Electronic Arts, the world's biggest video game publisher, on Thursday posted a 38 percent drop in quarterly profit but beat Wall Street targets, overcoming fears that holiday shortages of new video game consoles had dampened software sales.
Shares rose 3 percent after the Redwood City, Calif.-based publisher known for its blockbuster franchises like Madden NFL, Need for Speed and The Sims posted fiscal third-quarter net income of $160 million, or 50 cents per share, compared with $259 million, or 83 cents per share, in the year-earlier quarter ended December 31.
Results from the most recent quarter included an after-tax stock-based compensation charge of $28 million, or 9 cents per share. Excluding items, EA's profit was 63 cents per share. Revenue rose nearly 1 percent to $1.28 billion from $1.27 billion in the important holiday shopping quarter.
"The sentiment was that they were going to miss badly," Wedbush Morgan analyst Michael Pachter said as shares climbed to $52.11 in after-hours trade from their Nasdaq close of $50.54.
But the results came in ahead of analysts' average estimates, which called for earnings before items of 57 cents per share on revenue of $1.26 billion, according to Reuters Estimates.
Long-awaited video game consoles from Nintendo and Sony hit stores in November, marking the full start of an expected new cycle of growth for the $30 billion global video game industry.
"People were pretty skeptical about (EA's) ability to deliver in the December quarter with some of the negativity around the (Sony PlayStation 3) sell-through and Microsoft cutting the Xbox 360 forecast last week. So they did pretty good," American Technology Research analyst Paul-Jon McNealy said.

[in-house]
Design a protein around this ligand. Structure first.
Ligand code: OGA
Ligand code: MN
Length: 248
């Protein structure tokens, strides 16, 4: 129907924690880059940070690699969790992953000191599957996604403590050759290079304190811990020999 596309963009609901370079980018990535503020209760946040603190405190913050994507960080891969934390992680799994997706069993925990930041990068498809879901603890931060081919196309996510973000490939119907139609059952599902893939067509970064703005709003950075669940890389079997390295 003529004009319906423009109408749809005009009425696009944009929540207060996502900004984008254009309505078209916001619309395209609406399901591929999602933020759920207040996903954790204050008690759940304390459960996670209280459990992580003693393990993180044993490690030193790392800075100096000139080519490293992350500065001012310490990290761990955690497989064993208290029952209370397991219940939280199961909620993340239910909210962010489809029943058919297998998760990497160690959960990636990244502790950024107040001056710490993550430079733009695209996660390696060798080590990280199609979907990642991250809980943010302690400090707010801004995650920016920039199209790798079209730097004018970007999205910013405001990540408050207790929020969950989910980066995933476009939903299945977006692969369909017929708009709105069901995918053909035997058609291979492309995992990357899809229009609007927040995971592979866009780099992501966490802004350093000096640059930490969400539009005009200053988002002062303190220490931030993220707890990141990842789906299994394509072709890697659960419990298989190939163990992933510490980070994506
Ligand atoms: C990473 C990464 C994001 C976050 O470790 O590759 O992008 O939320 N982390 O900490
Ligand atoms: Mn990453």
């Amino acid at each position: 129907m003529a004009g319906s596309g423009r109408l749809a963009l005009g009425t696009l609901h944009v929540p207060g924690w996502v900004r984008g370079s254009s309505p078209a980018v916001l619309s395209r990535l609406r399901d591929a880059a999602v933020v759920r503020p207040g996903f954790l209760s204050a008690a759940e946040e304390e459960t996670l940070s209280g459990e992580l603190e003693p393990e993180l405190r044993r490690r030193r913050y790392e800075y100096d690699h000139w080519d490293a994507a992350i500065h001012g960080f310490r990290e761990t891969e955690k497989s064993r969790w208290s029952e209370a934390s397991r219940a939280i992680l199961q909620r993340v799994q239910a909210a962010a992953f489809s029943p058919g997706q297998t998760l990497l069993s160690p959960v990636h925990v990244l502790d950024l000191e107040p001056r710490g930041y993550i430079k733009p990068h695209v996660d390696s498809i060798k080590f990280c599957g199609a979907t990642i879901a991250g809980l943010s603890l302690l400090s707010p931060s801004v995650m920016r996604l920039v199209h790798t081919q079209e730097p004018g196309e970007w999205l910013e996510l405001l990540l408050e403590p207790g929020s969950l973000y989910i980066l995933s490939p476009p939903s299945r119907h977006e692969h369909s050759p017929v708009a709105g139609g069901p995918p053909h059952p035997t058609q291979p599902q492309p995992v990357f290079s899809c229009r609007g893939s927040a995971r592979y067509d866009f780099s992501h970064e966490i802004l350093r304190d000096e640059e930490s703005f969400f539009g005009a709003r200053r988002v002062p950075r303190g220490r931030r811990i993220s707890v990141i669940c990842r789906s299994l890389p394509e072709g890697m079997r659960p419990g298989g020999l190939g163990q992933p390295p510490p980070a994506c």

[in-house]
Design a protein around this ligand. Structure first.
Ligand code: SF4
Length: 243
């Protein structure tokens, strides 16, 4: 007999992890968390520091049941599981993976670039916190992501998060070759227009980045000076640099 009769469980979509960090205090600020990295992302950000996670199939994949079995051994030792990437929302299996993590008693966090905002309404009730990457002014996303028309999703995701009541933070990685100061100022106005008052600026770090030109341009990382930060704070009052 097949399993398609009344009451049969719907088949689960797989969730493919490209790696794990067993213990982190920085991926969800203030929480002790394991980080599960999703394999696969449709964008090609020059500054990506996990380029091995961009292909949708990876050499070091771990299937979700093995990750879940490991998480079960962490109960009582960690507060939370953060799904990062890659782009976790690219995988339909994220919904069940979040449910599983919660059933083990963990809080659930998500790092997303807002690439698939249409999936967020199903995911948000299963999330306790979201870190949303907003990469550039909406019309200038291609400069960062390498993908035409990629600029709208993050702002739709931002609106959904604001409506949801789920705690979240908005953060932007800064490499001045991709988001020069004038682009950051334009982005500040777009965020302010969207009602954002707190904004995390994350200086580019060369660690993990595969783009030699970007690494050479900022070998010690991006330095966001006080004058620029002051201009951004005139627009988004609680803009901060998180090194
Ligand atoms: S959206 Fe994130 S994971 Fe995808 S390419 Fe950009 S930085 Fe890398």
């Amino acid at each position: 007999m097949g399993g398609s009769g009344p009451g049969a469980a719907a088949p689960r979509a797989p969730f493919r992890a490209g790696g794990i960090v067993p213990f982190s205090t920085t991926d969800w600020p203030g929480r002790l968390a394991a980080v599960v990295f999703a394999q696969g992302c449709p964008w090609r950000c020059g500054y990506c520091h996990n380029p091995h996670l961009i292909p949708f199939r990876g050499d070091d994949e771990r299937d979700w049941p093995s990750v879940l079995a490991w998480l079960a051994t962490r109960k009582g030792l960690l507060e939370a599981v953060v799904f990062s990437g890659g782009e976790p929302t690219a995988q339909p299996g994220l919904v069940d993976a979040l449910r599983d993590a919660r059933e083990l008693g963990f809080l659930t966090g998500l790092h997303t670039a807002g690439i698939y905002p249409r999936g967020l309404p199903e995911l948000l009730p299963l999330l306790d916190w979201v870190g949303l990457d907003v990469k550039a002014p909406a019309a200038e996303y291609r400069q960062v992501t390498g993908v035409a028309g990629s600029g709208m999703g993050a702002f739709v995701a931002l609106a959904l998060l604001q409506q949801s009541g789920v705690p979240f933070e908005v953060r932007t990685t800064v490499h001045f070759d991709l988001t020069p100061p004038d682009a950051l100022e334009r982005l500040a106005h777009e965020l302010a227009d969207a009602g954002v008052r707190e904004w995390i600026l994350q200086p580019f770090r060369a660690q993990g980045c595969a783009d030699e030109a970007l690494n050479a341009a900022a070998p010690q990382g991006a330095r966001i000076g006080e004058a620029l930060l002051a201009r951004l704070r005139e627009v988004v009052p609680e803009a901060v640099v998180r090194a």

While supplies of the Nintendo Wii and Sony PS3 remain limited, sales of popular handheld players and Sony's market-leading PlayStation 2 console have helped to offset the shock of the transition to new console technology.
Microsoft released its Xbox 360 in November 2005 and recently said it plans to ship a total of 12 million of the consoles by its fiscal year end on June 30, down from a previous target of 13 million to 15 million.
For the March quarter, EA forecast revenue of between $550 million and $600 million and adjusted earnings of nil to 3 cents per share. For the fiscal fourth quarter ending March, analysts had been expecting earnings of 2 cents per share, excluding items, on revenue of $643.4 million.
"Typically, whoever has big games in December has big follow-through in the March quarter. EA was solid but not spectacular on that front," McNealy said.
Shares of EA are down almost 8 percent from a year ago, compared with a 20 percent rise in shares of rival Activision, whose annual revenue is about half that of EA.
EA has made significant investments in titles for next-generation consoles like the Xbox 360 and PS3, online gaming in Asia and expanding its portfolio of company-owned games.
While the company will continue to invest in key areas such as online gaming in Asia, EA Chief Financial Officer Warren Jenson told Reuters that "We are clearly now entering a phase of growth and reward."
Jenson said the company's market share was down slightly during the December quarter, when it was the No. 1 publisher of games for the Xbox 360, PS2 and PS3.
"In the year ahead, we plan to build on our leadership position on both the Xbox 360 and the PlayStation 3, and to significantly increase our support for the Nintendo platforms," EA Chief Executive Larry Probst said in a statement.